Header and Footer Formatting Codes

by Allen Wyatt
(last updated May 2, 2020)

In the previous tip you learned about the different command codes you can use to insert data in your headers and footers. There are also a number of formatting command codes you can use. These codes, again, begin with an ampersand:

Code Meaning
&L Start left alignment
&C Start center alignment
&R Start right alignment
&"fontname" Change to designated font (quotes are necessary)
&nn Two-digit font size to use, in points
&B Bold (toggle on or off)
&I Italics (toggle on or off)
&U Underline (toggle on or off)
&E Double underline (toggle on or off)
&S Strikethrough (toggle on or off)
&X Superscript (toggle on or off)
&Y Subscript (toggle on or off)

Command codes can be joined together on a line to achieve the desired result. For instance, if you wanted your footer to be a left-aligned, bold, and underlined current date, you would enter &L&B&U&D. You should note that it doesn't matter where you insert this information; the codes override where you enter it. Thus, if these codes were entered in the Center portion of the header or footer, the command codes would still place the date in the left portion, as you directed.

ExcelTips is your source for cost-effective Microsoft Excel training. This tip (2057) applies to Microsoft Excel 97, 2000, 2002, and 2003.

Author Bio

Allen Wyatt

With more than 50 non-fiction books and numerous magazine articles to his credit, Allen Wyatt is an internationally recognized author. He is president of Sharon Parq Associates, a computer and publishing services company. ...

MORE FROM ALLEN

Splitting a Table

Table getting too long? Need to move part of a table to somewhere else in your document? You can easily split an existing ...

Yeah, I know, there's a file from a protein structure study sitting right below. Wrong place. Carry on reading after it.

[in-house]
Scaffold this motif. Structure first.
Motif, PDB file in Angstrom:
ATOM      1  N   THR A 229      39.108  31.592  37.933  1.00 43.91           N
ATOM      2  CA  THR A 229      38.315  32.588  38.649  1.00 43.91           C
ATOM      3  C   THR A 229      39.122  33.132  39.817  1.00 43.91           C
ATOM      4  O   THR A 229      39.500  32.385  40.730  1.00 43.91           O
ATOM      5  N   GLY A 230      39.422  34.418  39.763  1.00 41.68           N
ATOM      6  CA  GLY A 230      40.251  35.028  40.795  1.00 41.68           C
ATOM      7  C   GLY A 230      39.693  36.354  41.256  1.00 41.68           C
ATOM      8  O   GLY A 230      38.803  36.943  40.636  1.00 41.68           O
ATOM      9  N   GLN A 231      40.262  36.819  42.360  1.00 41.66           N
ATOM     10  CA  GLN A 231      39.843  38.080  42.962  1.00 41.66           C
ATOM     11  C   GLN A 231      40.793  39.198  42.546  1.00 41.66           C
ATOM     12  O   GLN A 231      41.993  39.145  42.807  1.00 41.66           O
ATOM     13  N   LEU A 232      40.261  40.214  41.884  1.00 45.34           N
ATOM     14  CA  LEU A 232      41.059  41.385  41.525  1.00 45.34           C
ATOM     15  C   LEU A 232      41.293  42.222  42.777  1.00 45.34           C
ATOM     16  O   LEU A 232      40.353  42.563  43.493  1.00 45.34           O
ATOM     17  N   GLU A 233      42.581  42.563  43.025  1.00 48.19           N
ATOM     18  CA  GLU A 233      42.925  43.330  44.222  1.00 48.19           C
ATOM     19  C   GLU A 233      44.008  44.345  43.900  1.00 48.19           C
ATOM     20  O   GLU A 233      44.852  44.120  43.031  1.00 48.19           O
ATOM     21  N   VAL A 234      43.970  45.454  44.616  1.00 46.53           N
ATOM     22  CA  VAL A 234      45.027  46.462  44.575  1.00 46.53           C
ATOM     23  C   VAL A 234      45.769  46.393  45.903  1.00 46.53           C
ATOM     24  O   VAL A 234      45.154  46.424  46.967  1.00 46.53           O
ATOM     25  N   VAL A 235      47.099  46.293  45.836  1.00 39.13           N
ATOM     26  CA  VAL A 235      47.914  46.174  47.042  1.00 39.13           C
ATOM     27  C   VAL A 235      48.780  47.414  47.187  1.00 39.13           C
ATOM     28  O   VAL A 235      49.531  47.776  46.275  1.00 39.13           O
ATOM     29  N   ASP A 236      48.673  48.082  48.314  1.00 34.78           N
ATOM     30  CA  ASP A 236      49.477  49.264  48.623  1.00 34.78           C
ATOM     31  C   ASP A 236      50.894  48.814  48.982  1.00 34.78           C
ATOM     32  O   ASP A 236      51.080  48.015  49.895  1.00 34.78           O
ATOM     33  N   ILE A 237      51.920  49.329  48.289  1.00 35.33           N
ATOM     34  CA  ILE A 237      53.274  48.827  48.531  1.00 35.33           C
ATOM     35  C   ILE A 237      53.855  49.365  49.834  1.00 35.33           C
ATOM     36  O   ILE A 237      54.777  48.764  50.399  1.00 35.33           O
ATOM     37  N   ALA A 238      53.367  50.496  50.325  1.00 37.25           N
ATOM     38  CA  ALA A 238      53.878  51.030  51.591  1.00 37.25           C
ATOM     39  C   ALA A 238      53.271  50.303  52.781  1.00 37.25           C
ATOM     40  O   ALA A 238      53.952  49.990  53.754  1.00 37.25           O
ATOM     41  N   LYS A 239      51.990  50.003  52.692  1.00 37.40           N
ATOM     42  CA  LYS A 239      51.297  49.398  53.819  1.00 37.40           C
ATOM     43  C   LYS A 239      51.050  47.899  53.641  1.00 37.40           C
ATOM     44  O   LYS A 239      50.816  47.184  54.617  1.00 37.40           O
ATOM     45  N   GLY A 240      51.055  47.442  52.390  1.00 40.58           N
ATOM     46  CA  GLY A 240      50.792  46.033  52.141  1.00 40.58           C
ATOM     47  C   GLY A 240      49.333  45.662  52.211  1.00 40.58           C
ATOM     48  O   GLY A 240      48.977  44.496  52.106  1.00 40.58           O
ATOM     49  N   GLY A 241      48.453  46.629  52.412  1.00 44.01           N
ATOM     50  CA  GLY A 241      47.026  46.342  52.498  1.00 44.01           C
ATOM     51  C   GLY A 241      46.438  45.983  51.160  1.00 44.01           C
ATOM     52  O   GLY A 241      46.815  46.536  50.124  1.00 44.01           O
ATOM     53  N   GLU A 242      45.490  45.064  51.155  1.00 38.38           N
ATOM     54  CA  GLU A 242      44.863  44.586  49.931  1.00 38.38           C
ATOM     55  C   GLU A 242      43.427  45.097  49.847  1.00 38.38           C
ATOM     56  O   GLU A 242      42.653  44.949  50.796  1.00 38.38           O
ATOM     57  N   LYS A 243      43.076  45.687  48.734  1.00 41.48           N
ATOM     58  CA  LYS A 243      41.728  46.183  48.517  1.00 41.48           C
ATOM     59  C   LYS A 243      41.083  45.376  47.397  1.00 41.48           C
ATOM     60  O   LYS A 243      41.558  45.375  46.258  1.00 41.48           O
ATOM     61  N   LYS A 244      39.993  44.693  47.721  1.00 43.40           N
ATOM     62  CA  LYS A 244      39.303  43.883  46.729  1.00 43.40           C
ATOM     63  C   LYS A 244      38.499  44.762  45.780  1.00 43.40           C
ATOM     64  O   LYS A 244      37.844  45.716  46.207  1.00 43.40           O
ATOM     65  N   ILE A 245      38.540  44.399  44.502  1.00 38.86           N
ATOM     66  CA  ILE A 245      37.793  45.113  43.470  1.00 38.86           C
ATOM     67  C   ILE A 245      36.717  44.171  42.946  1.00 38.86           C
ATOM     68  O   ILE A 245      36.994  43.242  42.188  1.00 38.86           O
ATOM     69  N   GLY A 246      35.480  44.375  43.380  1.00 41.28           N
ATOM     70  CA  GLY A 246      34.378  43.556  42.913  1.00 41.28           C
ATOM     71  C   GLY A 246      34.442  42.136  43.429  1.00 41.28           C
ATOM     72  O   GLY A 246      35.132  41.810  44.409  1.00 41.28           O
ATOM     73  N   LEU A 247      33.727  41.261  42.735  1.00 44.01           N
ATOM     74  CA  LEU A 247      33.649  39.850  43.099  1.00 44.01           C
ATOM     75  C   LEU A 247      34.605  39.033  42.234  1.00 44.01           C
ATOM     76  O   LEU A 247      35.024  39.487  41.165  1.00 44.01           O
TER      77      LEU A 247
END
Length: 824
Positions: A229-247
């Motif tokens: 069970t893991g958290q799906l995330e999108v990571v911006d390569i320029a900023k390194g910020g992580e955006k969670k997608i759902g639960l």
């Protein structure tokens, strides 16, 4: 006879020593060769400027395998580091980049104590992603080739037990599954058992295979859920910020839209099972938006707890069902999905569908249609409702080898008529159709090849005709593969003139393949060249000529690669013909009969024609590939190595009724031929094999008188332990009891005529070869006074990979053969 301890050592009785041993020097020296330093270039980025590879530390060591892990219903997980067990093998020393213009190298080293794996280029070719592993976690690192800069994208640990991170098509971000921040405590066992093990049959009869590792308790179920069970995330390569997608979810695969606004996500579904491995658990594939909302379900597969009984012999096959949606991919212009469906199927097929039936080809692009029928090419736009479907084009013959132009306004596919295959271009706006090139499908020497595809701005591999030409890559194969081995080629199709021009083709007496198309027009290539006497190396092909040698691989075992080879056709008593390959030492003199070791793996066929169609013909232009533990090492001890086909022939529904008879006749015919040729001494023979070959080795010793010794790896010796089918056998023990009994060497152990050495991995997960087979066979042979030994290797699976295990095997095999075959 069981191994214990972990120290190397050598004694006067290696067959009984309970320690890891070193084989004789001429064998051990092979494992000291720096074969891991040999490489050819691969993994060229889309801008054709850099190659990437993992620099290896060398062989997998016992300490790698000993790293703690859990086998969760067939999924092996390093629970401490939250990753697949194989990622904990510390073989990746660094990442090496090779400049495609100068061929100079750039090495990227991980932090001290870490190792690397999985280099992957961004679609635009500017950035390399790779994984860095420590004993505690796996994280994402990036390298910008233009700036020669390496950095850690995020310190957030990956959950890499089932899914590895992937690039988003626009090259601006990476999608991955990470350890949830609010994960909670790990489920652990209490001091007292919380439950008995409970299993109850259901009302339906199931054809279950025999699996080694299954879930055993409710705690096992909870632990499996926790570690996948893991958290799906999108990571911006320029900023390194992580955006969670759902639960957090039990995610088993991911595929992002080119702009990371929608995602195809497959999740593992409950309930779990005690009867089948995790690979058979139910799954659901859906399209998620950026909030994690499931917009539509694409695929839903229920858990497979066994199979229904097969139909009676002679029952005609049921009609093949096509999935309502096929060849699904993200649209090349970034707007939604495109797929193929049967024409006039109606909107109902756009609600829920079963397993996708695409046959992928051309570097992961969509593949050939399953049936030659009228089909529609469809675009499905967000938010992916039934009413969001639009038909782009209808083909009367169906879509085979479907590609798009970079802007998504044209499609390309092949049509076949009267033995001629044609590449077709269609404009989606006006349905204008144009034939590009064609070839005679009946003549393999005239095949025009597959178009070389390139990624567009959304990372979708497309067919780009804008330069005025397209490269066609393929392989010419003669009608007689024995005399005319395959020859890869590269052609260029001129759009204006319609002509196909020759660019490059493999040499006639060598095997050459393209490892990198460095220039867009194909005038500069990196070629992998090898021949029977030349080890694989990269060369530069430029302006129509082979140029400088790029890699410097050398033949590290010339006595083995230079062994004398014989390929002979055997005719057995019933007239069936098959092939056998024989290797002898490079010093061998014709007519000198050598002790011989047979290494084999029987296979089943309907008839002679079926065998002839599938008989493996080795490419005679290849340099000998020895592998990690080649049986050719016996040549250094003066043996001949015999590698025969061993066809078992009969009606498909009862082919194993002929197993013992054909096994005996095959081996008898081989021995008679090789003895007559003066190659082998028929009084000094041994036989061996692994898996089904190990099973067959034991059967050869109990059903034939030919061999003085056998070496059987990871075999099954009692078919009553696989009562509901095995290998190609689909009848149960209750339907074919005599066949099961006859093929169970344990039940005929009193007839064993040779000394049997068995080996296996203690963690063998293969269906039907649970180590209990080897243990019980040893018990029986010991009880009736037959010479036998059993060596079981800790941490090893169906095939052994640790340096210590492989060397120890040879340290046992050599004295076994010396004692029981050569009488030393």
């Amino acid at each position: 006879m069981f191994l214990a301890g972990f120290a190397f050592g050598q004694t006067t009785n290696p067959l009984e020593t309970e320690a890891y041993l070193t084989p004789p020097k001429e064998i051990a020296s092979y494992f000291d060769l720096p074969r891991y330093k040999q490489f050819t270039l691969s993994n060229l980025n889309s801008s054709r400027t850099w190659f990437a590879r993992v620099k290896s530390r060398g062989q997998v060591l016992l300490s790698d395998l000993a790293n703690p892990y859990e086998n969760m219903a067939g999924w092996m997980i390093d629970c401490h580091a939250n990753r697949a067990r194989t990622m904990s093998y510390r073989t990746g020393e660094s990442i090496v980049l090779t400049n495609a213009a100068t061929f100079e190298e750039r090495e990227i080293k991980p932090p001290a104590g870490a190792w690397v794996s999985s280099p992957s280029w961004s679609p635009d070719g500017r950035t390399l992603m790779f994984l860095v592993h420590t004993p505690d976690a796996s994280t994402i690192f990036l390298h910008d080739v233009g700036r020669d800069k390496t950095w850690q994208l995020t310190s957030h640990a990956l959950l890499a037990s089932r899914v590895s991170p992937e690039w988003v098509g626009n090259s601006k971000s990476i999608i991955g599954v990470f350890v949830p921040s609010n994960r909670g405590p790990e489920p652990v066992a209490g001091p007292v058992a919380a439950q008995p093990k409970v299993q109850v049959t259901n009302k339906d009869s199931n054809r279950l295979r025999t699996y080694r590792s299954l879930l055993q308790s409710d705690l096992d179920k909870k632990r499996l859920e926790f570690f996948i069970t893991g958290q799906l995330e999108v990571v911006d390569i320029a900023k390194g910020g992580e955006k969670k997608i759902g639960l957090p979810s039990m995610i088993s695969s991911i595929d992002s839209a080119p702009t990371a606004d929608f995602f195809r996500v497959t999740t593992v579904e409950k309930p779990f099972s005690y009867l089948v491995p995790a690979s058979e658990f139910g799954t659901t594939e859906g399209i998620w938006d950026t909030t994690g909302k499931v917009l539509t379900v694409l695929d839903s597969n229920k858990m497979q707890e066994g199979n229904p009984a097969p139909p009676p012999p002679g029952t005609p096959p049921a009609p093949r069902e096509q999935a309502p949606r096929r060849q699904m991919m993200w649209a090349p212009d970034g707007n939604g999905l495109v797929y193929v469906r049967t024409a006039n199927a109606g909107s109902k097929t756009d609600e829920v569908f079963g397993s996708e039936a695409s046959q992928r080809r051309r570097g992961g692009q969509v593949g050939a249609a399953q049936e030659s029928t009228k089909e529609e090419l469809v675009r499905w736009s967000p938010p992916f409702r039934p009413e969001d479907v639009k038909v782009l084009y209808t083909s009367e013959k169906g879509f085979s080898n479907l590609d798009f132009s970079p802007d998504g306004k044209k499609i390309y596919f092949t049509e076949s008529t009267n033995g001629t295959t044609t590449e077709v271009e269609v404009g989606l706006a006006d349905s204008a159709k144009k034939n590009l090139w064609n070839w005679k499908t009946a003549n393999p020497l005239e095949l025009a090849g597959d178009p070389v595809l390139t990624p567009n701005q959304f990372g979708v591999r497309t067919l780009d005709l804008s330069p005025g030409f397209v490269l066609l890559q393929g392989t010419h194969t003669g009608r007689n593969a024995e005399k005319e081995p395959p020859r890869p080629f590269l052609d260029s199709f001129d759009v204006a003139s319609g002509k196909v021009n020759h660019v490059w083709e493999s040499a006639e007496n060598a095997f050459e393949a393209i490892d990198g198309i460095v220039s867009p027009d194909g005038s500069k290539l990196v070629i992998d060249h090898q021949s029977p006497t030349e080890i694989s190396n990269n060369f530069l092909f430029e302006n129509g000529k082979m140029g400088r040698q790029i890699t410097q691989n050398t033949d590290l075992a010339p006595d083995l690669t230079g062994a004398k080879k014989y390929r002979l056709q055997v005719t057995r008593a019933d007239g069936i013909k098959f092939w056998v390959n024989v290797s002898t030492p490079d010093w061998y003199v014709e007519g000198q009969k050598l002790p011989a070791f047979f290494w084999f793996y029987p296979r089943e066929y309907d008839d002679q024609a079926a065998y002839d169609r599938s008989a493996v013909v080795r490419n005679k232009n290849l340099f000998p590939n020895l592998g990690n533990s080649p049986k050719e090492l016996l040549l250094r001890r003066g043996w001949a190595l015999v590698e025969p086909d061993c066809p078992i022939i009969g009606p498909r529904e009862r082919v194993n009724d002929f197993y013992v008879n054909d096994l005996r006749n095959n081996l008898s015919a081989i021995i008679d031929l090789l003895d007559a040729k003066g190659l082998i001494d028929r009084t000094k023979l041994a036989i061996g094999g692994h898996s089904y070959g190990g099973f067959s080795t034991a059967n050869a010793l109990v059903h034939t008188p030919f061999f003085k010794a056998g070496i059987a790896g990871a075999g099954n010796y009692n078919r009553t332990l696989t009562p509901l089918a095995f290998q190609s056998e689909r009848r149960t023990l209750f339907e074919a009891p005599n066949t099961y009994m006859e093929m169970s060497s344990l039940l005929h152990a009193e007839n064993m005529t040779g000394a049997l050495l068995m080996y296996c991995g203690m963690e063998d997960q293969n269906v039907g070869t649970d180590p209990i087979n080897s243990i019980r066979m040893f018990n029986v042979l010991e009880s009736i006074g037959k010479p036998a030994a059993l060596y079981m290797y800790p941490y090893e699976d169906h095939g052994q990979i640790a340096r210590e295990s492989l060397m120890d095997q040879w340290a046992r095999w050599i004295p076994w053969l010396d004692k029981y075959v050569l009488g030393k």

Discover More

Comparing Lists for Duplicates

Do you have two worksheets on which you need to see if there is duplicate information? Here is a couple of quick ways to ...

Discover More

Searching for Non-Black Text

Searching for text having (or not having) specific formatting is generally pretty easy. It is more difficult to search ...

Discover More

Program Successfully in Excel! John Walkenbach's name is synonymous with excellence in deciphering complex technical topics. With this comprehensive guide, "Mr. Spreadsheet" shows how to maximize your Excel experience using professional spreadsheet application development tips from his own personal bookshelf. Check out Excel 2013 Power Programming with VBA today!

More ExcelTips (menu)

Header and Footer Data Codes

When creating headers and footers in an Excel worksheet, you can use special codes to add or format information. This tip ...

Discover More

Ampersands in Headers and Footers

Add an ampersand to the text in a header or footer and you may be surprised that the ampersand disappears on your ...

Discover More

Inserting the Saved Date In a Header or Footer

When preparing a worksheet for printing, you may want to include in the header or footer the last date the workbook was ...

Discover More
Subscribe

FREE SERVICE: Get tips like this every week in ExcelTips, a free productivity newsletter. Enter your address and click "Subscribe."

View most recent newsletter.

Comments

If you would like to add an image to your comment (not an avatar, but an image to help in making the point of your comment), include the characters [{fig}] (all 7 characters, in the sequence shown) in your comment text. You’ll be prompted to upload your image when you submit the comment. Maximum image size is 6Mpixels. Images larger than 600px wide or 1000px tall will be reduced. Up to three images may be included in a comment. All images are subject to review. Commenting privileges may be curtailed if inappropriate images are posted.

What is three less than 9?

There are currently no comments for this tip. (Be the first to leave your comment—just use the simple form above!)


This Site

Got a version of Excel that uses the menu interface (Excel 97, Excel 2000, Excel 2002, or Excel 2003)? This site is for you! If you use a later version of Excel, visit our ExcelTips site focusing on the ribbon interface.

Newest Tips
Subscribe

FREE SERVICE: Get tips like this every week in ExcelTips, a free productivity newsletter. Enter your address and click "Subscribe."

(Your e-mail address is not shared with anyone, ever.)

View the most recent newsletter.